Virgo and Gemini

by Wesley Pritzlaff

Constellation Virgo (Part of the Zodiac)

--Virgo in Latin Means Virgin.

--Virgo received this name through the Greeks and Romans. They associated Virgo with their goddess Demeter-Ceres, the goddess of Agriculture. Demeter-Ceres was also known as the virgin goddess.

-- Through the Babylonians, they identified the constellation as their goddess Shala's ear of grain. The brightest star, Spica, is Latin for "ear of grain". This allowed for the constellation to be associated with the idea of fertility, or the birth of their food.

-- Lastly, Virgo was also associated with the Blessed Virgin Mary in the Middle Ages!

The Myth's Behind Virgo

--Roman Mythology: A myth associated the constellation Virgo with Astraea,

goddess of Justice, when the gods lived among men on earth during the Golden

Age. The increasing iniquity of the humans, however, began to drive the gods,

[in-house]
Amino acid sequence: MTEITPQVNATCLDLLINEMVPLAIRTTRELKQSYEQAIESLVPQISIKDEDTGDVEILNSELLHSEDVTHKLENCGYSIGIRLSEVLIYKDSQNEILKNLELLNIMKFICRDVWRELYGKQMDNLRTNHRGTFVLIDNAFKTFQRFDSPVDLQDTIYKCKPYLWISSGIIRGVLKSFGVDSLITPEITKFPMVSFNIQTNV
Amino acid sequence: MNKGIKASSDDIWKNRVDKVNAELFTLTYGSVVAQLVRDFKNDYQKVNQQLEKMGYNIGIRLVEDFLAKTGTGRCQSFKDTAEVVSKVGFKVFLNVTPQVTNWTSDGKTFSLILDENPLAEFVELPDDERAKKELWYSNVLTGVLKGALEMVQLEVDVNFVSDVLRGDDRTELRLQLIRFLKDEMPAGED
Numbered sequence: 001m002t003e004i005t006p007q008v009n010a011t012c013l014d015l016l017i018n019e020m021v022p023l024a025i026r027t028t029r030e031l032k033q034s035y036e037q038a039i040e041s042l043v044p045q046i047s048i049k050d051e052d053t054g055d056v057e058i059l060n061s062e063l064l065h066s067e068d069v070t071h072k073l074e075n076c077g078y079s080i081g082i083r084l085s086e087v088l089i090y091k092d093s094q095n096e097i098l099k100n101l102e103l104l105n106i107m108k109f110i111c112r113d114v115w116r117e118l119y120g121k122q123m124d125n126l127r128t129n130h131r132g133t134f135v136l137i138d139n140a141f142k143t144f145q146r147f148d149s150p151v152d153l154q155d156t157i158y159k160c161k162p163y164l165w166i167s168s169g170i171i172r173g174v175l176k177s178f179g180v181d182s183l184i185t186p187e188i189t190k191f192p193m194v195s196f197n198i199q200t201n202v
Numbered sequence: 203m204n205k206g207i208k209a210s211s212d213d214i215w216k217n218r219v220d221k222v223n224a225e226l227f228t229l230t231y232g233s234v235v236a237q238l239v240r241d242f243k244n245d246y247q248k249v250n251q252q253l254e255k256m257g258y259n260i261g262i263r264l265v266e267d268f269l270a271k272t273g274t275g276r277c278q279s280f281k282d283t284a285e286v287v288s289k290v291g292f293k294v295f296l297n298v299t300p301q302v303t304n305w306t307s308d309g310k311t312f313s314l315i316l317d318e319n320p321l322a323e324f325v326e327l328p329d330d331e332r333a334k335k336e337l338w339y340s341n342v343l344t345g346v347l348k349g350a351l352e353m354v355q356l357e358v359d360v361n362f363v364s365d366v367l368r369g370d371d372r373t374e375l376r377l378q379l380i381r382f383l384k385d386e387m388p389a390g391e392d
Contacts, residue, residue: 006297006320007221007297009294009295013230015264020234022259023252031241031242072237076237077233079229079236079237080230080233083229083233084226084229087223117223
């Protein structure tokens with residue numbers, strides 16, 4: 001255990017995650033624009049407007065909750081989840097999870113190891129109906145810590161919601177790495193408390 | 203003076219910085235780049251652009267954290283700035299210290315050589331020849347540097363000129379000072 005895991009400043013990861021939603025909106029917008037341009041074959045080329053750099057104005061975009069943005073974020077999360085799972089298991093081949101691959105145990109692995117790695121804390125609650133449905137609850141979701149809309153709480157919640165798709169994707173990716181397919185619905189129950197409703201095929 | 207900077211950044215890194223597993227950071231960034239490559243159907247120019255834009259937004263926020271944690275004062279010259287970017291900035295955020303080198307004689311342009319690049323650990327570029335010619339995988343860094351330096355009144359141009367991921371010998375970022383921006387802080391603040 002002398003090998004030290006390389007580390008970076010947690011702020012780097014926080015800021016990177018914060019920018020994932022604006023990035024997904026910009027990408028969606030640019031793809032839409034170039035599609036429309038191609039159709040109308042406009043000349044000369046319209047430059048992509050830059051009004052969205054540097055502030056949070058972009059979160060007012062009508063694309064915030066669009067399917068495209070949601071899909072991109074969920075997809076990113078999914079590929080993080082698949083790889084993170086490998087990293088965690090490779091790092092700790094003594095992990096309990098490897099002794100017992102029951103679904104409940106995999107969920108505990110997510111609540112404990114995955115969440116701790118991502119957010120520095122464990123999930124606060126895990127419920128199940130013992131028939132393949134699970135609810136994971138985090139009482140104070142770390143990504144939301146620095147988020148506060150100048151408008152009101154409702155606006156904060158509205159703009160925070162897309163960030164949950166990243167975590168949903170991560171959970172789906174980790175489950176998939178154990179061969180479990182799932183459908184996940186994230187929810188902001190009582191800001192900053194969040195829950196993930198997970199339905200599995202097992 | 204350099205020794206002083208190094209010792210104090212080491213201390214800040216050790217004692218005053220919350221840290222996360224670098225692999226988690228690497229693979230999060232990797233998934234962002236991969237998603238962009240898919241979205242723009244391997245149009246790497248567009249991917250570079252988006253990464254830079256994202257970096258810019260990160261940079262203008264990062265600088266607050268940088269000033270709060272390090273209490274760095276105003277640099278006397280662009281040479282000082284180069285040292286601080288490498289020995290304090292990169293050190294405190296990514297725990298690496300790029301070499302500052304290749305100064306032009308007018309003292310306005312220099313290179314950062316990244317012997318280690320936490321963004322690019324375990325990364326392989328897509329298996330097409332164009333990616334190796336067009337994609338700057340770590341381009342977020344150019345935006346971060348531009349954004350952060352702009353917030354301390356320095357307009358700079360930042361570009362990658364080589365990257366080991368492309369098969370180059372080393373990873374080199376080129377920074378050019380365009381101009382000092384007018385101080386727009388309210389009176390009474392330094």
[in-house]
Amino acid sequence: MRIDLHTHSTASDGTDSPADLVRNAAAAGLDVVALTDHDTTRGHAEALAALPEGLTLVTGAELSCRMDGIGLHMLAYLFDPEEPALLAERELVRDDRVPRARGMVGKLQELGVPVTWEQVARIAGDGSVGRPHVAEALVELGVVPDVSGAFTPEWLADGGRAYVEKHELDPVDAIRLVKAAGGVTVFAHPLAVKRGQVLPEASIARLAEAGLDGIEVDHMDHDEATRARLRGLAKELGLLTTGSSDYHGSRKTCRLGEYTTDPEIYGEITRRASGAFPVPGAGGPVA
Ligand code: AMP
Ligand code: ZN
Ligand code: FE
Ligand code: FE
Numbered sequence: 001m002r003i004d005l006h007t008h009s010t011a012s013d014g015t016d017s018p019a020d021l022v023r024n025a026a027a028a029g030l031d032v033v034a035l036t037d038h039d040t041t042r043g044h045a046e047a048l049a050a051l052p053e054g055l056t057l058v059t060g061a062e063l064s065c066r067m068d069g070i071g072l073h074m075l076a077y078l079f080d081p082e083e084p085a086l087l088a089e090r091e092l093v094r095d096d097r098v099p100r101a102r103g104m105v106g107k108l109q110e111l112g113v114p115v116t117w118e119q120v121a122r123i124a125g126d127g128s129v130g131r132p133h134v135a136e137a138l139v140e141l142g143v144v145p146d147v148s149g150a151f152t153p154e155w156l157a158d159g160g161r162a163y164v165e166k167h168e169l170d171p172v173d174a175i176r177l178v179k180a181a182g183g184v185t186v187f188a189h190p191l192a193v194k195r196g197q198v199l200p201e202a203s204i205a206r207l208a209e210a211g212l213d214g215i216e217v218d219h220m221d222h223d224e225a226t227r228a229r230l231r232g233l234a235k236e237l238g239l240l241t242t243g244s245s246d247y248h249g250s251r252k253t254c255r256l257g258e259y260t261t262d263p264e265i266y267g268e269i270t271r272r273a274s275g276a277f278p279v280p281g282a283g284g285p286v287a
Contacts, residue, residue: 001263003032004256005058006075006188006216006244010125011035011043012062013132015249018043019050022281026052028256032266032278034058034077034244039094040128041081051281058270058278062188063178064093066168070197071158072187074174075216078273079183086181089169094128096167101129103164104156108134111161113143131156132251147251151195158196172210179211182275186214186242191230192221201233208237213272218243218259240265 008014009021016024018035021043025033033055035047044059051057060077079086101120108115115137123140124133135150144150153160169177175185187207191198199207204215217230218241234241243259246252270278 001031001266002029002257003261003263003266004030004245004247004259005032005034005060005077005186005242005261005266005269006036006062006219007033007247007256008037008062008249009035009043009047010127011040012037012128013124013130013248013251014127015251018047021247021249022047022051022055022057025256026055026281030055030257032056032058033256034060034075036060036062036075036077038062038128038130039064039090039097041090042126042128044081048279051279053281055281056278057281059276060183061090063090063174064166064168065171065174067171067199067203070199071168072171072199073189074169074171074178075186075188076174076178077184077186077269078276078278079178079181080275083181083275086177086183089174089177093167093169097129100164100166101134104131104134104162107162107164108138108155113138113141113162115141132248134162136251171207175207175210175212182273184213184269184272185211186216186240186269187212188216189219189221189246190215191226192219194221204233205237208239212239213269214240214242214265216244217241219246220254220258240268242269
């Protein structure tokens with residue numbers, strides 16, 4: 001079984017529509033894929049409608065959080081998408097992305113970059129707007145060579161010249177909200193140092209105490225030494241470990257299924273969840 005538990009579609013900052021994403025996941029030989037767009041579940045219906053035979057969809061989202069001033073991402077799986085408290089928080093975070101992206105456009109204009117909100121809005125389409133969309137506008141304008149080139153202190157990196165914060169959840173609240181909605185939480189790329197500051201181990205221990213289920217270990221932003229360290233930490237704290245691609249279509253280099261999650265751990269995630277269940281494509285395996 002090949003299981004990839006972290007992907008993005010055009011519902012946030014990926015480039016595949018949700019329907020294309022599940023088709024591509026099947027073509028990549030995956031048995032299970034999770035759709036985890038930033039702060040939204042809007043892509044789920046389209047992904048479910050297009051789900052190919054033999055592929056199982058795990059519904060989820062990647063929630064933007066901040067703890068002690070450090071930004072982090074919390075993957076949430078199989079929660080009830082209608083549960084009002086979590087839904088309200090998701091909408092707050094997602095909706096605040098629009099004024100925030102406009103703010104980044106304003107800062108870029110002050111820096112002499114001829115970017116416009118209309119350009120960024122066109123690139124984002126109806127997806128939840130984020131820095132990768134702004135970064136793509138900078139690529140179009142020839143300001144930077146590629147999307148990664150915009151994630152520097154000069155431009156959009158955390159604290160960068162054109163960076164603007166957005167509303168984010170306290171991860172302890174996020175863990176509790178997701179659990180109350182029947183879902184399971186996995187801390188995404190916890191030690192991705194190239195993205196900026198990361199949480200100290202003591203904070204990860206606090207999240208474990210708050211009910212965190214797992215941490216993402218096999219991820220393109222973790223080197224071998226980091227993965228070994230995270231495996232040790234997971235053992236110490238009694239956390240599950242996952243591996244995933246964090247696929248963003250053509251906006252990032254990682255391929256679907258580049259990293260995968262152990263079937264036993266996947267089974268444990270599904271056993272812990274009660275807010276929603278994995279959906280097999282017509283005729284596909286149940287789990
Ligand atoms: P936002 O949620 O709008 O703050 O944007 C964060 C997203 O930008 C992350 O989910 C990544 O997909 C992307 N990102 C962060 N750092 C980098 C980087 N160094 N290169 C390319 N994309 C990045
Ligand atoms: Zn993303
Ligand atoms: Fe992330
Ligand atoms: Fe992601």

one by one, to leave the humans on earth and go to heaven. Astraea was the

last of the gods to leave. When she left she took the scales of justice with

her, which you can see beside her in the sky today.


--Greek Mythology: In one well-known myth, the goddess of the Spring season, Persephone, is kidnapped by the god of the underworld. Upon discovering this, the young goddess's mother, Demeter, being the goddess of the harvest, decides to ruin the harvest in her despair. Long story short, the Spring goddess got to return for six months a year to aid her mother in the harvest. This coincides with the constellation Virgo being visible for only the months of March through August.


--Babylonian Mythology: The story of Ishtar (Babylonian mythology) is similar to the Greek Mythology, except that it was her husband Tammuz (the god of the harvest) who was taken to the underworld where she followed only to be trapped there as well.


Most of the goddesses who were linked to Virgo were considered fertility goddesses, or goddesses of the harvest. This resonates with the view of Virgo being the caretaker of mankind through her fertility. This includes Ishtar (Babylonian mythology), Isis (Egyptian mythology), Ceres (Roman mythology), and Demeter (Greek mythology). The constellation Virgo is thought to be a woman holding a spike of corn, thus reinforcing the Harvest Mother mythology.